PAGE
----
Seder agreed that there was a wealth of qualified candidates who submitted applications this inaugural year. “I am very proud of all of these young men and women,” he said. “We received 18 applications in our first year, which is an incredible number.” The scholarship committee put the word out about the new scholarship by reaching out to local high schools. “We relied on guidance counselors to put the word out there,” Seder said. “We also believed that the higher award amount of $2,500 could help a lot of people with expenses. Once the applications were received, the scholarship committee reviewed each application. I can assure you that we spent many hours and days reviewing these applications. Each one had its own merits. Committee members submitted their top candidates to the foundation’s board of directors, and votes were cast to award the scholarships.” The first recipients are Wellington residents Sebastian Suarez, a 2019 graduate of Palm Beach Central High School, and Francesca Herman, a 2019 graduate of Wellington High School. “We strived to make our scholarship different from the others by trying to focus on the values and qualities that Arle and Ken Adams exemplified over the years,” Seder said. “This includes an emphasis on public service, leadership and community involvement. We also considered academic achievement and overcoming adversity in making the award decision.”

2019 Scholarship Winners

wellington the magazine | june 2019


Sebastian Suarez

Suarez will attend the University of Florida in Gainesville. As part of his commitment to Wellington, Suarez has rebuilt homes, painted houses and raised money for the Children’s Miracle Network. The scholarship money will help Suarez and his family pay the college bills when he enrolls at UF, where he will pursue a degree in architecture. Suarez added that that he had help in searching for college scholarships, which led him to apply for the Arle and Ken Adams Scholarship. “I found a lot of information on the bulletin board of my school’s web site,” he said. “The Palm Beach County School Board also has listed a number of scholarships for local students to apply for and pursue.” Suarez, who had a 3.95 GPA and a 5.13 HPA at Palm Beach Central, noted that it just takes basic verbal communication skills to find out the existence of many scholarships. “It’s important to ask advice from other people who have recently gone

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june 2019 | wellington the magazine


through the college scholarship process,” Suarez suggested. “Ask your friends about their experiences and speak with your school’s guidance counselor. I have an older sister who just recently went to college, so I learned a lot from her experiences, as well.” At Palm Beach Central, Suarez was a member of the Math Honor Society, Spanish Honor Society, National Honor Society and Interact Club. Those extracurricular affiliations helped, not only in his application for this scholarship, but for others as well, such as one he received from the Rotary Club of Wellington. Even though he has graduated, he’s still hoping that he will receive another scholarship before he heads to Gainesville. “I’ve also applied for the Charles R. O’Melia Scholarship, which supports students who want to pursue a career in architecture,” Suarez said. “In the essay part of the application, you had to tell your story about how important architecture is to you.”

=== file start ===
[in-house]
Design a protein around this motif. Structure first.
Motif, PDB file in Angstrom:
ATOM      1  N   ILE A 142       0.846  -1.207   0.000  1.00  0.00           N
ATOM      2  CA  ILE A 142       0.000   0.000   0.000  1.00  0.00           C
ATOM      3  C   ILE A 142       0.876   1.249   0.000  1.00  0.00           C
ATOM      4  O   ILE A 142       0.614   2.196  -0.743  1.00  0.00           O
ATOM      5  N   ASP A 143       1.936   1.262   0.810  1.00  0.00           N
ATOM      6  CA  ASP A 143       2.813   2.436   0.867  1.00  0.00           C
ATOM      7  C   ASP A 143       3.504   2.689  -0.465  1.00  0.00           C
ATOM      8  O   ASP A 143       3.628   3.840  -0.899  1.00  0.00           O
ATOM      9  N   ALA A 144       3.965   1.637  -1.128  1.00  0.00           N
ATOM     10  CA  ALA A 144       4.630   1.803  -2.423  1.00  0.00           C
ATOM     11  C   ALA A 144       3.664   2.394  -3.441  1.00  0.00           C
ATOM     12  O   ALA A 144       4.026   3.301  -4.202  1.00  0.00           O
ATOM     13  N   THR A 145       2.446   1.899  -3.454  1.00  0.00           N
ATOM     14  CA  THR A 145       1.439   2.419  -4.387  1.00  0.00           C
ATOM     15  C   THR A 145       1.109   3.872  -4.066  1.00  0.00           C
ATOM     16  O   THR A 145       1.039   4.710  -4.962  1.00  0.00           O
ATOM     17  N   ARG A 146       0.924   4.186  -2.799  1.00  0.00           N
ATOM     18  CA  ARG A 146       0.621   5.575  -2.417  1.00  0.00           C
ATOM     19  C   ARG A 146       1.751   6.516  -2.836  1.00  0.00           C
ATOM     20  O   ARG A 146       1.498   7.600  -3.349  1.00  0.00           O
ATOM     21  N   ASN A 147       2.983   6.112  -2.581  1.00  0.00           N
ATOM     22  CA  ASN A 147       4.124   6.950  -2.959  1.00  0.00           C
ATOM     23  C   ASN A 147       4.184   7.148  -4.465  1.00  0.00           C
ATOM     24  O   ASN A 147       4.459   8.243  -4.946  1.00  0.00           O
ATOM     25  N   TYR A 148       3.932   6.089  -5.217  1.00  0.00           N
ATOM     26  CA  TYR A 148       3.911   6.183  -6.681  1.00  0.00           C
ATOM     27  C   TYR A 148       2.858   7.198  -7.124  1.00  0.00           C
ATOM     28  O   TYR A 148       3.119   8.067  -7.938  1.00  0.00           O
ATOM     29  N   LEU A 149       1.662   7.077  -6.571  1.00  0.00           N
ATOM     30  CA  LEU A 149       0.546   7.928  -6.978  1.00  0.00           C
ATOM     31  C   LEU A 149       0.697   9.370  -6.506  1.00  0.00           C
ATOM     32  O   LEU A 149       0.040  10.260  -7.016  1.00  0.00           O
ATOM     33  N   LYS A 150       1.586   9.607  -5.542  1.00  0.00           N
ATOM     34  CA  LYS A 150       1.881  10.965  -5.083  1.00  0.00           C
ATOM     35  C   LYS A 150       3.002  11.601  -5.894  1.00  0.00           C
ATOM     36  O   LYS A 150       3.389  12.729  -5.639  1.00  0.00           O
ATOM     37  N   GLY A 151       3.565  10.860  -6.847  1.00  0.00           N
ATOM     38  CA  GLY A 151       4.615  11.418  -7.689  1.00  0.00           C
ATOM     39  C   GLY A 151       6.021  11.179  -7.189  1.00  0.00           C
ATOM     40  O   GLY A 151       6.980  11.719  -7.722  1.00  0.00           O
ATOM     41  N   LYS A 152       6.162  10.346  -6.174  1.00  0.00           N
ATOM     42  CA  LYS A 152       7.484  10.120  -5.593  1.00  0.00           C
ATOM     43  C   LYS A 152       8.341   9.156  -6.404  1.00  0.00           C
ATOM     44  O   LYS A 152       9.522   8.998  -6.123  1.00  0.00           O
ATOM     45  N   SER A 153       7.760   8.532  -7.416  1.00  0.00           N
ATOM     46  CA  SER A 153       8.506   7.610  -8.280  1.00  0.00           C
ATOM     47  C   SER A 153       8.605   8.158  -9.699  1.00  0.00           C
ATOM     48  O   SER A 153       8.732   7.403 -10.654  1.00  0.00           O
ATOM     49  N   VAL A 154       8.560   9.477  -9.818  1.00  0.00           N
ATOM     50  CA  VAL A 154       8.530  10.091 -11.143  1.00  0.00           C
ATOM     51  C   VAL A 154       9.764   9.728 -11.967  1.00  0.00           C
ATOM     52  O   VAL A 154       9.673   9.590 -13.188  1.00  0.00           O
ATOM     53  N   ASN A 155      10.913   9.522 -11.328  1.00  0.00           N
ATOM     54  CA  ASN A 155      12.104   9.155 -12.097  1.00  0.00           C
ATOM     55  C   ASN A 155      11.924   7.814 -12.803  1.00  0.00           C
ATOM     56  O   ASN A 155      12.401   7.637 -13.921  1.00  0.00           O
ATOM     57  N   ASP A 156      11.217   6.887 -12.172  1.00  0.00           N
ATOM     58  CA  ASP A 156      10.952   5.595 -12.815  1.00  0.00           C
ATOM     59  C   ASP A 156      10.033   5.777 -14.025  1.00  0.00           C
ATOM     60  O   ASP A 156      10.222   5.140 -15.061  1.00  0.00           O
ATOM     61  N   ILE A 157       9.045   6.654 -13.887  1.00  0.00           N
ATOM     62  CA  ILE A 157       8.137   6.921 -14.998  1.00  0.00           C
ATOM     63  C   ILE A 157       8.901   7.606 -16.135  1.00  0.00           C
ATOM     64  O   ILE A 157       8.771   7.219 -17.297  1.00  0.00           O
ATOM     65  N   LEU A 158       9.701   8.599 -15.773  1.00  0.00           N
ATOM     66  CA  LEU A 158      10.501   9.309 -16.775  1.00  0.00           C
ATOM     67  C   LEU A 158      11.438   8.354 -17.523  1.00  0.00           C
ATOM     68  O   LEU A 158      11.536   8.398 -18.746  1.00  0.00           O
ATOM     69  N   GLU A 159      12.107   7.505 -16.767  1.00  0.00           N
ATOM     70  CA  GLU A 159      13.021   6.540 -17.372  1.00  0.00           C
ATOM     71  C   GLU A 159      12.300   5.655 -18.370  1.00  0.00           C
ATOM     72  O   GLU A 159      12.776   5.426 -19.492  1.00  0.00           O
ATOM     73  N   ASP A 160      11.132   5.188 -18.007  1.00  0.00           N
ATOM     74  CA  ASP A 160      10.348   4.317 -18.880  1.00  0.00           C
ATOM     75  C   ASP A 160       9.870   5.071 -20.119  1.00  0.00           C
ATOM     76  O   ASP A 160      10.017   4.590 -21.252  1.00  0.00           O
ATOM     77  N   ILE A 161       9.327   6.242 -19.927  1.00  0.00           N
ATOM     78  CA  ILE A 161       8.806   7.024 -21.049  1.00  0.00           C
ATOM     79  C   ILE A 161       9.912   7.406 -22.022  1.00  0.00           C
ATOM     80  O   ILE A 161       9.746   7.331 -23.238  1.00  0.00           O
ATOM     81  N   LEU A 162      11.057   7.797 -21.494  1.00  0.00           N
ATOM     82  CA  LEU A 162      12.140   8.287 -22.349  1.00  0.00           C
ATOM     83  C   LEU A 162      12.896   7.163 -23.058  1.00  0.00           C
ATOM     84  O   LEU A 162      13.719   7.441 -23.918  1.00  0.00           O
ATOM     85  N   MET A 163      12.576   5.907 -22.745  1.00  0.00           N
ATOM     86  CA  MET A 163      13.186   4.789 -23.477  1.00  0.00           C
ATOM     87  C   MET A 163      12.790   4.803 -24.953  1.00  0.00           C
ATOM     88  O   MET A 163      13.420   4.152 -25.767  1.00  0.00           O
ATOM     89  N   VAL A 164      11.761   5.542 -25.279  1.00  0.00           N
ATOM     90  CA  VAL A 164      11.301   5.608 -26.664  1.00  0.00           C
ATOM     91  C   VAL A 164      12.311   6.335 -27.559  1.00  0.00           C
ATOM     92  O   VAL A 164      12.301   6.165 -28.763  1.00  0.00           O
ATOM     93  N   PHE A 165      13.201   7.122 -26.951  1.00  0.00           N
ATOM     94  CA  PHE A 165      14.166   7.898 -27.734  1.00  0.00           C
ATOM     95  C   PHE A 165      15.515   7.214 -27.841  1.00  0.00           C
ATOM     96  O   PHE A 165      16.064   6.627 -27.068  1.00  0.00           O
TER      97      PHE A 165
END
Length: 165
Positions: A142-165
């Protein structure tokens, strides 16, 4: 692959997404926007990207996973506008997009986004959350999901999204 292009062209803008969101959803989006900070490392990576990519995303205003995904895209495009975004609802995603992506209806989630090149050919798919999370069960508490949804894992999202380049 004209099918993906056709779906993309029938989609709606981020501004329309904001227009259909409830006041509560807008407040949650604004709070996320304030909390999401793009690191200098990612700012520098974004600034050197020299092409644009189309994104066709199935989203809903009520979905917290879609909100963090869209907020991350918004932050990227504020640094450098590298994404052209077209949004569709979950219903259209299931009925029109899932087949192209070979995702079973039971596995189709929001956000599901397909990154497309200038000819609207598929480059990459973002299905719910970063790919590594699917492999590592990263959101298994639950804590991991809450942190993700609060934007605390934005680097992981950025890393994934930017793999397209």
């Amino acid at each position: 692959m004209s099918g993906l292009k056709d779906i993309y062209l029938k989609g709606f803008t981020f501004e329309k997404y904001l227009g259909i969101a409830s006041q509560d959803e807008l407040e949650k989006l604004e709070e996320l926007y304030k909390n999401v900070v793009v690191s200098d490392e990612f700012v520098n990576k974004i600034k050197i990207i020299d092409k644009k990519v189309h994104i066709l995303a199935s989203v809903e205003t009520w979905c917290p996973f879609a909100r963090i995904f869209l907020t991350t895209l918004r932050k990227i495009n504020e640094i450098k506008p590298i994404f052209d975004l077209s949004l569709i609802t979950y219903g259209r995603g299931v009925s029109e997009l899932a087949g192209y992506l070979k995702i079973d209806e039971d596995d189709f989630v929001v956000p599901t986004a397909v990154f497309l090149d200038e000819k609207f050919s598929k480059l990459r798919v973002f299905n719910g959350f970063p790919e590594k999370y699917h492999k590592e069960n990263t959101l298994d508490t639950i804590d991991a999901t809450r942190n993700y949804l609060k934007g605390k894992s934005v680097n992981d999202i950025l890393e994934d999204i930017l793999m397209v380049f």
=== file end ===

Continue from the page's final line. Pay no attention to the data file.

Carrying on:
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Francesca Herman

Herman, who eventually wants to graduate from medical school, earned great grades at Wellington High School — a 3.98 GPA and 5.36 HPA. She will be headed to Tulane University in August. Herman feels that many scholarship organizations are more interested in a candidate’s level of community service than their grade point average — but it doesn’t hurt to have strong grades. Herman founded a club at Wellington High School that helped the less fortunate. It’s called the Seed Those in Need Club. She also traveled to Gainesville last summer where she conducted research on how restriction enzymes can attack Type 1 diabetes. Both Suarez and Herman agree that half the battle in winning college scholarships is taking the time to apply for them. Being able to put your thoughts in writing — featuring properly written declarative sentences — is often the biggest hurdle in earning a college scholarship, they both agreed.

That is something they both accomplished in their scholarship applications. “Sebastian and Francesca were both strong academic performers and involved in the community,” Seder said. “What spoke to me was how they overcame personal adversity in their lives and were still able to find the time to help others.” Also important is for applicants to point out how the scholarship will help them achieve their goals “I would like to see future scholarship applications place an additional emphasis on financial need,” Seder said. “With education costs always rising, sometimes these scholarships make the difference in whether a student attends college or not. If our scholarship helps someone get to college, I believe it’s money well spent and a great investment in the future.” To learn more about the Arle and Ken Adams Scholarship, call the Wellington Community Foundation at (561) 333-9843. 28

june 2019 | wellington the magazine

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American Heritage School Is Committed To

scientific excellence

By Mike May